Root Cause of the Odor Generated by Germicidal UV Disinfection with Mobile Units
|Publication Date:||1 January 2016|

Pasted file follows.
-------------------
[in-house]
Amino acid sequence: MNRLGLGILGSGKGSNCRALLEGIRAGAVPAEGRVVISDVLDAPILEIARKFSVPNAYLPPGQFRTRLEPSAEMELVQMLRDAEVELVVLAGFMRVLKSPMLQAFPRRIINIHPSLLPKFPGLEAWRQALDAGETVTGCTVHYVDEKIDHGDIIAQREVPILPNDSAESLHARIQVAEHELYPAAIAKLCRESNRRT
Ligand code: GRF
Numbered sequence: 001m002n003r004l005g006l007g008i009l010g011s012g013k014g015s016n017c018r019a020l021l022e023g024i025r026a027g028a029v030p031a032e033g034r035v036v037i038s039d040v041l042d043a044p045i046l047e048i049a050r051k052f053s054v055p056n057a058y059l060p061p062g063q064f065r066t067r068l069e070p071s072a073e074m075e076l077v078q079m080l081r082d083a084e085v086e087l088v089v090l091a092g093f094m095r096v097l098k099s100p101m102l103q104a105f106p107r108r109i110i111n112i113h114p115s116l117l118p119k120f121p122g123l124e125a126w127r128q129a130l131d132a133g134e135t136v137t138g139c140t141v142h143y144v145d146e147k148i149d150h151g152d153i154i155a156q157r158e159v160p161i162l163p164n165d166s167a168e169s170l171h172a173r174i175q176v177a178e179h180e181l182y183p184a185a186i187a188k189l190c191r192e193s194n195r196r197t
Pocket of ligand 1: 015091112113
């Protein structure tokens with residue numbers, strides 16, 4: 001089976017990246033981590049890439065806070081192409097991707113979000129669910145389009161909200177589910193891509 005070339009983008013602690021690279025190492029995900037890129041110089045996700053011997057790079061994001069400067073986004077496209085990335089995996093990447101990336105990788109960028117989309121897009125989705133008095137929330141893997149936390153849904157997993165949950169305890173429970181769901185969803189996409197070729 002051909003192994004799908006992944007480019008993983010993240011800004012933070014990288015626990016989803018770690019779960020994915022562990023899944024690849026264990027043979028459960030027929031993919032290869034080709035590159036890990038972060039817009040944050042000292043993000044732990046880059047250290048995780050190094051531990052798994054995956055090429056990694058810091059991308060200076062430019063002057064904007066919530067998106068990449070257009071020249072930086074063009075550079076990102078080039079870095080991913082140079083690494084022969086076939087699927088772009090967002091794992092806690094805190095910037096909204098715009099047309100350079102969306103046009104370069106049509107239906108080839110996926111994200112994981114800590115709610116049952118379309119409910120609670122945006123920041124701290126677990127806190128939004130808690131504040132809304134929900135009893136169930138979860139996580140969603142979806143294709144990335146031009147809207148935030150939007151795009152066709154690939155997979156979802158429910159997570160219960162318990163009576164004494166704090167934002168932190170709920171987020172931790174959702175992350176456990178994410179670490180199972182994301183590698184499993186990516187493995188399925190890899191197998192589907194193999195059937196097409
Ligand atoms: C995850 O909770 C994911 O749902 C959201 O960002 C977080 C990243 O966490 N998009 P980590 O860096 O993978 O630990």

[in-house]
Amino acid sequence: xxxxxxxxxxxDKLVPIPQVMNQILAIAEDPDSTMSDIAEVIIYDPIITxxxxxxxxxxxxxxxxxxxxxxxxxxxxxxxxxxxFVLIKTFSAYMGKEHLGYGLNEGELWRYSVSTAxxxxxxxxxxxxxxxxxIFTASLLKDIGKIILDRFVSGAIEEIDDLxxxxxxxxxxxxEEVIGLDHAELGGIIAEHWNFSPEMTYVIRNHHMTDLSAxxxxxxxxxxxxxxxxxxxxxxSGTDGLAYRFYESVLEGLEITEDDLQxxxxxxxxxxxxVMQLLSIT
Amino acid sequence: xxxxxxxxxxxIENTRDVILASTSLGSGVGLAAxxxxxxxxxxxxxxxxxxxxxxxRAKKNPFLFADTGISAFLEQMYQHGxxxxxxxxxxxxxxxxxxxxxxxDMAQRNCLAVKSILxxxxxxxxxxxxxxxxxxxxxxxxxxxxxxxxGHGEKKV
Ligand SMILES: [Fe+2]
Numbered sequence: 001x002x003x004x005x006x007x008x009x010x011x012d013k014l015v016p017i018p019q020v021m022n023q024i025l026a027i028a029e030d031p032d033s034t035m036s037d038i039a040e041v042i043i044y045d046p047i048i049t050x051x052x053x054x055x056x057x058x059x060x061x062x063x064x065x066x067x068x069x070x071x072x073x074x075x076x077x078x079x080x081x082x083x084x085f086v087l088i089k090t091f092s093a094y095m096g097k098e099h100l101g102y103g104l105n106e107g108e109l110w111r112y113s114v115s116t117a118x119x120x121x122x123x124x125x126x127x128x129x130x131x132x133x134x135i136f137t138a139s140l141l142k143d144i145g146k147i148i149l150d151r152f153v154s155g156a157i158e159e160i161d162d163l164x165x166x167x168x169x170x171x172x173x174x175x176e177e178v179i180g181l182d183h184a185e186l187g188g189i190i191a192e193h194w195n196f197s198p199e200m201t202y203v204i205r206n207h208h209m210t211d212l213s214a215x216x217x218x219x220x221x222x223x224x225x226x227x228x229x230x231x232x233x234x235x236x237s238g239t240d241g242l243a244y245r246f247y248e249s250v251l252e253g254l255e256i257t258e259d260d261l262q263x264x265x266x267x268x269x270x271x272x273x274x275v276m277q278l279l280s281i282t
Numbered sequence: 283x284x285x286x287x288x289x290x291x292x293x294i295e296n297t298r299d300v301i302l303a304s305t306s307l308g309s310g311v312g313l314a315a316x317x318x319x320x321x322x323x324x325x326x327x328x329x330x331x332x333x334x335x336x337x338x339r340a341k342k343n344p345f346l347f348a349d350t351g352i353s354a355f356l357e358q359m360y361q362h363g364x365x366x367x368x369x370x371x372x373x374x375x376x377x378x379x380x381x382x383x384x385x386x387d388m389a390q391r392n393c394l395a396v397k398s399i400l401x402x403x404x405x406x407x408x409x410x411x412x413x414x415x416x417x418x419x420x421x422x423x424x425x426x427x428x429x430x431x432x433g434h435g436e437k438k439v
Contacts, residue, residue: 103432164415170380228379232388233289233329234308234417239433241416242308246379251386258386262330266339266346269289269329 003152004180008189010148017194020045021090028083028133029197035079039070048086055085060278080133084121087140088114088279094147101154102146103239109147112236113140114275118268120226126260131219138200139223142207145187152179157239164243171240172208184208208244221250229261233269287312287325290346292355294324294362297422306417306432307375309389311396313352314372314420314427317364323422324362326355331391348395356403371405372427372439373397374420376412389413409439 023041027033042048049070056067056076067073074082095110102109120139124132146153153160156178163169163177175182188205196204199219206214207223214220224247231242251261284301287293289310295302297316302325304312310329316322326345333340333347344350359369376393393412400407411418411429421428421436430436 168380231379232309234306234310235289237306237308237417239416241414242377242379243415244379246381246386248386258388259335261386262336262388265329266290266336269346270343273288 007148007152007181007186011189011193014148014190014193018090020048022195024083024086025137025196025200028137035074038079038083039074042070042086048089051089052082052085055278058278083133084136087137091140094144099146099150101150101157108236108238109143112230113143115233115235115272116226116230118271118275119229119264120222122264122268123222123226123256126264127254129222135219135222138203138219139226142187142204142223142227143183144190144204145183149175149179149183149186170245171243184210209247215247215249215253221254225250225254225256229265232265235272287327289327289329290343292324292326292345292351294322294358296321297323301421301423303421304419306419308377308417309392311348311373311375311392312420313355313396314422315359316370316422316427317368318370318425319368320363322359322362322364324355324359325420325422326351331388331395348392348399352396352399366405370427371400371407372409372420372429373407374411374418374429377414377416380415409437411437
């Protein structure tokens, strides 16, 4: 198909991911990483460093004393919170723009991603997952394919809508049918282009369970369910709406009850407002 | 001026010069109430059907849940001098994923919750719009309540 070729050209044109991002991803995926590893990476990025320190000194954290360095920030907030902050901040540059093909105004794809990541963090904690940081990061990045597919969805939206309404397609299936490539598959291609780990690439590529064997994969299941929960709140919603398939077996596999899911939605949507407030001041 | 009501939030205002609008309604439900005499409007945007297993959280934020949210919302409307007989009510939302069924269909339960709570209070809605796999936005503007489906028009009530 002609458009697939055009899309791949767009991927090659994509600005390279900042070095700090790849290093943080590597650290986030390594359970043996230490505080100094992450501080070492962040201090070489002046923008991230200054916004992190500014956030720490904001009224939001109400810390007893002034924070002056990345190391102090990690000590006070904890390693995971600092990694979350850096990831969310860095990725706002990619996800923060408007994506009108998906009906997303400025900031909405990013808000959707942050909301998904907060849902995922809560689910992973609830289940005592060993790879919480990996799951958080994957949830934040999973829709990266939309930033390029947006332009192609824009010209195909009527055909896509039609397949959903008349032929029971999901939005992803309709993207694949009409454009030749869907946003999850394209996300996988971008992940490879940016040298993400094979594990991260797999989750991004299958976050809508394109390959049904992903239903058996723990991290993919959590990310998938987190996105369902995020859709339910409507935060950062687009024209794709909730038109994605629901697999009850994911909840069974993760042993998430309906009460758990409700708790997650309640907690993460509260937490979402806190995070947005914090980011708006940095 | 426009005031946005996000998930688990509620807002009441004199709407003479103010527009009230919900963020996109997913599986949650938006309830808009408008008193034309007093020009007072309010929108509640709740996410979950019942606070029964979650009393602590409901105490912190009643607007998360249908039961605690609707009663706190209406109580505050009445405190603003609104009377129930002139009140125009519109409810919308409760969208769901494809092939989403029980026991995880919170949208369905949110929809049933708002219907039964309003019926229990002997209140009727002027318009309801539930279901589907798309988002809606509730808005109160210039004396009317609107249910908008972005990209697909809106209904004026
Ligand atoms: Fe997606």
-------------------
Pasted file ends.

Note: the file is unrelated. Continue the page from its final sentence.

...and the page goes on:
Germicidal ultraviolet (UV) light has long been used successfully for the disinfection of water, air, and surfaces, and has become a common practice in the healthcare industry. There has been, however, an unresolved health concern with regard to the residual odors that have often been noted after rooms have been disinfected, and no satisfactory explanation of these possible volatile organic compounds (VOCs) has previously been published. This study explains the residual odors in terms of thiol or mercaptan molecules that can be produced by the UV irradiation of keratin and cysteine. Keratin is a protein that is found in skin squames while cysteine is a similar molecule found in hair. They also both contain a significant amount of sulfur. Skin squames and hair particles are common contaminants of indoor environments and are present in airborne dust as well as being surface-borne. UV photons carry sufficient energy to break the chemical bonds of keratin and cysteine, as well as the chemical byproducts including volatile smaller sulfur-containing molecules that fall into the categories of thiols and mercaptans. The human nose is extremely sensitive to these molecules and can detect them at concentrations as low as 1 part per billion. The smell after UV disinfection is sometimes described as that of burning hair or the pungent odor of rotten eggs or garlic. The latter smell is characteristic of mercaptans. In an indoor environment where the dust loading in the air may typically be about 100 μg/m3(0.000044 grain/ft3), the aftermath of the UV disinfection process will leave behind a concentration of mercaptans of about 2 ppb, or twice the smell threshold level. According to the CSST in Quebec and per OSHA, the safe level for 8 hours of exposure to mercaptans is 500 ppb. Consequently, the actual level obtained after UV disinfection is negligible and therefore it is concluded that the VOCs responsible for the residual odor after UV disinfection do not pose a health hazard to humans.